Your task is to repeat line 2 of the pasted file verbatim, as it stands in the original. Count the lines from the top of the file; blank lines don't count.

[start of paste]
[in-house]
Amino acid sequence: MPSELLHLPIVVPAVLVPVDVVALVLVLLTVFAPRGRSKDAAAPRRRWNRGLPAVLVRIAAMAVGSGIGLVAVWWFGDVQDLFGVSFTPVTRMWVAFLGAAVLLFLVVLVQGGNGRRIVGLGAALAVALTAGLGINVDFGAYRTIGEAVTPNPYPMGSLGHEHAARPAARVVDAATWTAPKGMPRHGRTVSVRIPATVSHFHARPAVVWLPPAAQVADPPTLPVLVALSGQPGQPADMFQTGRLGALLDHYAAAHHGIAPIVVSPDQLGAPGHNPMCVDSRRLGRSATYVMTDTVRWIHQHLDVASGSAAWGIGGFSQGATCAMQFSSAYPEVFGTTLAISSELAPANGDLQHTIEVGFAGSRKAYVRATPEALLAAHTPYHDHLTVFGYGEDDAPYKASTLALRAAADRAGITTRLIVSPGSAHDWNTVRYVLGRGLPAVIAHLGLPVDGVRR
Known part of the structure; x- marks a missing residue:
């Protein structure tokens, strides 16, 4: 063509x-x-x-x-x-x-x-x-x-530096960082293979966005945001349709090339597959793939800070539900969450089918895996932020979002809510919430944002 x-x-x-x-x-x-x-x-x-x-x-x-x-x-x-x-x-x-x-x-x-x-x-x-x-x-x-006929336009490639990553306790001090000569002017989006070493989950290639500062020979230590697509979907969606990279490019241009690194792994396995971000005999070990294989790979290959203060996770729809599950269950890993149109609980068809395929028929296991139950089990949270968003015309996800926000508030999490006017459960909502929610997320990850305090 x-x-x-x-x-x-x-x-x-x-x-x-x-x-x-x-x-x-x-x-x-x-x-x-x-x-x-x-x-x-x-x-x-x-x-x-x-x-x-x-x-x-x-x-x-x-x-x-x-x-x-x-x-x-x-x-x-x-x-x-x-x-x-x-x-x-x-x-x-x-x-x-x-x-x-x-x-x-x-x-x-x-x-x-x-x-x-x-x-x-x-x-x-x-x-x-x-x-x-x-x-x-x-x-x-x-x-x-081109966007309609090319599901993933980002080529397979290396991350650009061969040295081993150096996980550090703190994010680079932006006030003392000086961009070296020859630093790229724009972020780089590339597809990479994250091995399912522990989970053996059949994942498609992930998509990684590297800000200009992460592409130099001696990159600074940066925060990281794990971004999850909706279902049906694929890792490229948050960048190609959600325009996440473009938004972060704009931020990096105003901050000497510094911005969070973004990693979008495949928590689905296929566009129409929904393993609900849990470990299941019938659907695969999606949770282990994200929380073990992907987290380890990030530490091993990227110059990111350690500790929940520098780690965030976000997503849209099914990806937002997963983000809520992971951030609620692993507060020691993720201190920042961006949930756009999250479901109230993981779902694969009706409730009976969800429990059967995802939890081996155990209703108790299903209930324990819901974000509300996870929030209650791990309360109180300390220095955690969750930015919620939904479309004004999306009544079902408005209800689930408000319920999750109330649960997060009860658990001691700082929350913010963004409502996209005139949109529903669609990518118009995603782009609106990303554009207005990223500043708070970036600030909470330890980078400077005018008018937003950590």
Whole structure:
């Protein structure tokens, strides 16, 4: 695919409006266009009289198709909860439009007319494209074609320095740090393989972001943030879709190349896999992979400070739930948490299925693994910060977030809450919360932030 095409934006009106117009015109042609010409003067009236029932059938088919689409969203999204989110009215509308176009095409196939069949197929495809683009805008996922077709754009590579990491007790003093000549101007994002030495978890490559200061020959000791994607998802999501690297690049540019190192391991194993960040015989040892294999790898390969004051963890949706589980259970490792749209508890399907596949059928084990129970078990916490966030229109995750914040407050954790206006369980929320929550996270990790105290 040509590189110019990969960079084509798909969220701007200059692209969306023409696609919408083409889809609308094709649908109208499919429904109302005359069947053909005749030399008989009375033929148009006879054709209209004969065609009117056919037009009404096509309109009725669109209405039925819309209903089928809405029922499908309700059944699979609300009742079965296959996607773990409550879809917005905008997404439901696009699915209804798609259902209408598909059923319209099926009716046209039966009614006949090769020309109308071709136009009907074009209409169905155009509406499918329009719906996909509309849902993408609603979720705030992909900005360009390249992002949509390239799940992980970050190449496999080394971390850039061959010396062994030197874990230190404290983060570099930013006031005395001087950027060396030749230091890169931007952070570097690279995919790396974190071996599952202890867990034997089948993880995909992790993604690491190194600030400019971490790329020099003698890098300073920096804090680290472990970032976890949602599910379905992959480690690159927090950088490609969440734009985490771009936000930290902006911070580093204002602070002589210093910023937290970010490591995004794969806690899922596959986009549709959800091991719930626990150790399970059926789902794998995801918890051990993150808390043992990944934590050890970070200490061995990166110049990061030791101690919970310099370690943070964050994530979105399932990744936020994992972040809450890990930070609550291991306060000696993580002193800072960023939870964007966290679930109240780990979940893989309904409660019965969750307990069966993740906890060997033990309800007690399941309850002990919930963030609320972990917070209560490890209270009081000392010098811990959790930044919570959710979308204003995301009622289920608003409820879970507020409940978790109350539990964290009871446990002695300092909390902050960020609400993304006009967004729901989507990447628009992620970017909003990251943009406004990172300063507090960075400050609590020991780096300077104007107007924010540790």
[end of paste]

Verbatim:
Amino acid sequence: MPSELLHLPIVVPAVLVPVDVVALVLVLLTVFAPRGRSKDAAAPRRRWNRGLPAVLVRIAAMAVGSGIGLVAVWWFGDVQDLFGVSFTPVTRMWVAFLGAAVLLFLVVLVQGGNGRRIVGLGAALAVALTAGLGINVDFGAYRTIGEAVTPNPYPMGSLGHEHAARPAARVVDAATWTAPKGMPRHGRTVSVRIPATVSHFHARPAVVWLPPAAQVADPPTLPVLVALSGQPGQPADMFQTGRLGALLDHYAAAHHGIAPIVVSPDQLGAPGHNPMCVDSRRLGRSATYVMTDTVRWIHQHLDVASGSAAWGIGGFSQGATCAMQFSSAYPEVFGTTLAISSELAPANGDLQHTIEVGFAGSRKAYVRATPEALLAAHTPYHDHLTVFGYGEDDAPYKASTLALRAAADRAGITTRLIVSPGSAHDWNTVRYVLGRGLPAVIAHLGLPVDGVRR